State mandates for richer benefits, the “outdated” fee-for-service system that “rewards volume over value,” high-priced new treatments, provider consolidation, and medical liability that leads to providers practicing defensive medicine have contributed to high costs, AHIP said.

AHIP also cited estimates from consulting firm Milliman that found that cost shifting to private insurance from Medicare and Medicaid, which often fails to reimburse doctors and hospitals for their costs, increases premiums by $1,788 per year for families, more than 10 percent of total premiums.

“As scrutiny of premiums grows, policymakers are beginning to recognize the far-reaching implications that premium review can have,” AHIP said, citing the withdrawal of legislation this week in the California Legislature that would have given the state rate-setting authority.

“The legislature was deluged with an outpouring of opposition from public retirees, doctors, hospitals, and others who recognized that rate review would lead to arbitrary cuts in reimbursements and access, regardless of the quality of care provided and patient outcomes,” AHIP said. “California is illustrative.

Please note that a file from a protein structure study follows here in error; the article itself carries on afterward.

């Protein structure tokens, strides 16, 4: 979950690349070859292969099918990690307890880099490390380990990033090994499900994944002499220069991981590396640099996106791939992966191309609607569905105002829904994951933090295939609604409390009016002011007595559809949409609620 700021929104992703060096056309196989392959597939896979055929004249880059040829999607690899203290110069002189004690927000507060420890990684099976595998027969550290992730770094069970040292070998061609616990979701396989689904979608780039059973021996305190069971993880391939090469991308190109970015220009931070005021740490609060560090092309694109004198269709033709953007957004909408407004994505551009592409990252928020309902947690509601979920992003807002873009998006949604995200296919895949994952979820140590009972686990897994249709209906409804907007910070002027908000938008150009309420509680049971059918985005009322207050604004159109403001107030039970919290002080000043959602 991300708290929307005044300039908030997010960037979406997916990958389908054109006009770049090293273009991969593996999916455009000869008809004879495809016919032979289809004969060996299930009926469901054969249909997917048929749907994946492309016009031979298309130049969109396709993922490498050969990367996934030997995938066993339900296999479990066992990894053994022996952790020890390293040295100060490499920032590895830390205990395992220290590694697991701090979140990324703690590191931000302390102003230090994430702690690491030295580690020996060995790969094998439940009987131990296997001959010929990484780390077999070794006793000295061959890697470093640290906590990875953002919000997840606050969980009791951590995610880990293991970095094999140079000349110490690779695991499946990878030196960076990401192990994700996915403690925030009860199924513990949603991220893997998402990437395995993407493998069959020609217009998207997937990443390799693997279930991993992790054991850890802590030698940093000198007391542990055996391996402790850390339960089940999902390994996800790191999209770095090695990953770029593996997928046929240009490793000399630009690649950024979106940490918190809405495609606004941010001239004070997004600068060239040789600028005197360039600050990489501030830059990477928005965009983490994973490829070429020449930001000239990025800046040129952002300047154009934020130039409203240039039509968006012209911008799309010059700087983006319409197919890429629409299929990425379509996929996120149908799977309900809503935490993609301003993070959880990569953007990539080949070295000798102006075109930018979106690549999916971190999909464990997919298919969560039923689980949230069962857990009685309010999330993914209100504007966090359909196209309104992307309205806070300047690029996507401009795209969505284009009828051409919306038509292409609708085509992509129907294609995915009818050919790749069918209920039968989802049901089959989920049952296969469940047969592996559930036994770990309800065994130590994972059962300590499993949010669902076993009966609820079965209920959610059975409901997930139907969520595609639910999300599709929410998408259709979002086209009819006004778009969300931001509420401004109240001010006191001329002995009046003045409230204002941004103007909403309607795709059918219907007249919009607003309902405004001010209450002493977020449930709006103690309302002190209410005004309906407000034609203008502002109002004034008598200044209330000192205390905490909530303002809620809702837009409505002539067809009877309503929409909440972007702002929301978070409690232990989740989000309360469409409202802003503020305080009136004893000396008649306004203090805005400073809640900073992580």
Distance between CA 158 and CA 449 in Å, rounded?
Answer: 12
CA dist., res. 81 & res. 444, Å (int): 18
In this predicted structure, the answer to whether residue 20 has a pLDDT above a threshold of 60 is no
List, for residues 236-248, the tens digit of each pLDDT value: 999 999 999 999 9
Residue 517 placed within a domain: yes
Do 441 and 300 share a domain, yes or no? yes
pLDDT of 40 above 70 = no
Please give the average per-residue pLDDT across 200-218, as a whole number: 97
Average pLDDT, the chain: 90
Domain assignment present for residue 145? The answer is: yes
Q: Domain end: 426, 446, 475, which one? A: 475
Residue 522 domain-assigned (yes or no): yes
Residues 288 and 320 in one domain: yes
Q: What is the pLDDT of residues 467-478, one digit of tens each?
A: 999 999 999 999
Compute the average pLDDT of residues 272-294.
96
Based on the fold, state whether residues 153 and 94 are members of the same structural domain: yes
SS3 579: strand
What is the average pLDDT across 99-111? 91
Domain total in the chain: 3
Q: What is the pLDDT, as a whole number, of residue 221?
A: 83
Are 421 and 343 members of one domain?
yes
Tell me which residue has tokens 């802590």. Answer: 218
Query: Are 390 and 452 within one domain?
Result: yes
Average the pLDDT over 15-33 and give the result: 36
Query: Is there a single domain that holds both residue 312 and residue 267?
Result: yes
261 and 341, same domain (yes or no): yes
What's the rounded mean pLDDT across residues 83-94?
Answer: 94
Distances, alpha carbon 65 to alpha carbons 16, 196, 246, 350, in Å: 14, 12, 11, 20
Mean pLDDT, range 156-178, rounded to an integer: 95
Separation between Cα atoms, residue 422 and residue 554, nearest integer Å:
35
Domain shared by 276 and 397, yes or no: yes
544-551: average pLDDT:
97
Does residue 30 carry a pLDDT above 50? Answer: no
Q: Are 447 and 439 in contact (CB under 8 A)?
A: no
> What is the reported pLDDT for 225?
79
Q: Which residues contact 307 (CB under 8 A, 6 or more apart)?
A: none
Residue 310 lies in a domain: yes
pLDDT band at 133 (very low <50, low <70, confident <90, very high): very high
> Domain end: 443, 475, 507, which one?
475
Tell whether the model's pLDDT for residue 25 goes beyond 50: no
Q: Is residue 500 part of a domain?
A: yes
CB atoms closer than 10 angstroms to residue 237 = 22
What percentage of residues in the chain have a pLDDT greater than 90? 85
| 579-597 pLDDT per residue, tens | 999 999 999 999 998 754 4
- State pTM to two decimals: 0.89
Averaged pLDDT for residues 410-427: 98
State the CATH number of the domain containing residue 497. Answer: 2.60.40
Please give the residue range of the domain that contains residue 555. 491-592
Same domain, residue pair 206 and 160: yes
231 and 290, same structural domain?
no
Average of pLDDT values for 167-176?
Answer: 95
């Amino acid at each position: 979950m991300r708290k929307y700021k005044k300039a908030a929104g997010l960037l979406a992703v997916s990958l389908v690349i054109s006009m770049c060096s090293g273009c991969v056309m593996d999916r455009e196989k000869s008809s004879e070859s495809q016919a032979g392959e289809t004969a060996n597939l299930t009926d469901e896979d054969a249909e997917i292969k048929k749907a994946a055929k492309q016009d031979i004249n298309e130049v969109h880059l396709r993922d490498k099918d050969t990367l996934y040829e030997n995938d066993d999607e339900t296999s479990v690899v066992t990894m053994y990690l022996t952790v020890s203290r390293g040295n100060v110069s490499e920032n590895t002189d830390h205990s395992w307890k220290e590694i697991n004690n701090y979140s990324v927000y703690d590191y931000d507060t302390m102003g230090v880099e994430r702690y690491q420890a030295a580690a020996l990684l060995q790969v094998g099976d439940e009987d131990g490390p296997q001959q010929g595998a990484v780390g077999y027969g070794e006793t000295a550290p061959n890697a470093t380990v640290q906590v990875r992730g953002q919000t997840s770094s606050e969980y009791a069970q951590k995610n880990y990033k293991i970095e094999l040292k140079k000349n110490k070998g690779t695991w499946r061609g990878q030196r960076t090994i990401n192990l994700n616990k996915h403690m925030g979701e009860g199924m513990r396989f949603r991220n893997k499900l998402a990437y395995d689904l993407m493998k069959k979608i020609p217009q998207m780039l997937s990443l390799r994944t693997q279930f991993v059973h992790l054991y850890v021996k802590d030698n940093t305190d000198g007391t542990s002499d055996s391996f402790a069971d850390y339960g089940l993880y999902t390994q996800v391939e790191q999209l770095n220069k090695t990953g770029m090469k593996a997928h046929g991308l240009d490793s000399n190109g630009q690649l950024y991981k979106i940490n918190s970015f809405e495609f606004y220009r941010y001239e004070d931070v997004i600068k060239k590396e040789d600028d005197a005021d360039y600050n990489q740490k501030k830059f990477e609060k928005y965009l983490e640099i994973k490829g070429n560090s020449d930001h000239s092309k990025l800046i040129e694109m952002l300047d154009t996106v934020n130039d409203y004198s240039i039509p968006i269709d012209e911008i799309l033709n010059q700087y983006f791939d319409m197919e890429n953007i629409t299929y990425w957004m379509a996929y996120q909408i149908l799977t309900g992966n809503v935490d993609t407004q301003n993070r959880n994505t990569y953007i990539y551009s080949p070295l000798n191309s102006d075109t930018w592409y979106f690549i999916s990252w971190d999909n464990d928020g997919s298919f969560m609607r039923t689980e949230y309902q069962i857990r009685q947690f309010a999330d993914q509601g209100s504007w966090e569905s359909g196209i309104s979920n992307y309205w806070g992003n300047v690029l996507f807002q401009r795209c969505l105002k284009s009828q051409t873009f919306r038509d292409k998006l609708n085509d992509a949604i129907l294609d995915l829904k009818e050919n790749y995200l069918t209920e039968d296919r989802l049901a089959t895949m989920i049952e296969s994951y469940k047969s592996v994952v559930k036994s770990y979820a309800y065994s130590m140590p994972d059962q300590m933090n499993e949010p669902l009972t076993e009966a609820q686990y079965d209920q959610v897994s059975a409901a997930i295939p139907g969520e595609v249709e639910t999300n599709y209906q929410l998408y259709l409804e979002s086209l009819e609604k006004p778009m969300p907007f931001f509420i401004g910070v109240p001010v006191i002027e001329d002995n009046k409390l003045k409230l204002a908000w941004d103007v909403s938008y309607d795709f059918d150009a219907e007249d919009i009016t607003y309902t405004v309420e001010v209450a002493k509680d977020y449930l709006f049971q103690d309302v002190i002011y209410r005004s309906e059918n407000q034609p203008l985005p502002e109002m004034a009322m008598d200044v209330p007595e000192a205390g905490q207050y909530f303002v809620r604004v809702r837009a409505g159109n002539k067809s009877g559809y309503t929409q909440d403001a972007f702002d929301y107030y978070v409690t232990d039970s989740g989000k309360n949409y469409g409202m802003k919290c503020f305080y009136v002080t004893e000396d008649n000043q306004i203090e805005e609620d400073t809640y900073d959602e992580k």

States are far better suited to review premiums because they have the experience, infrastructure, and local market knowledge needed to ensure consumer protection and health plan solvency. The federal government has no comparable expertise.”

The amended final rule is at

U.S. requires health insurers to publicly justify big rate hikes
Under a new rule, insurers must post on their websites explanations of premium increases of 10% or more and submit them to state and federal regulators.

By Noam N. Levey, Los Angeles Times

September 2, 2011

Reporting from Washington,0,7950538.story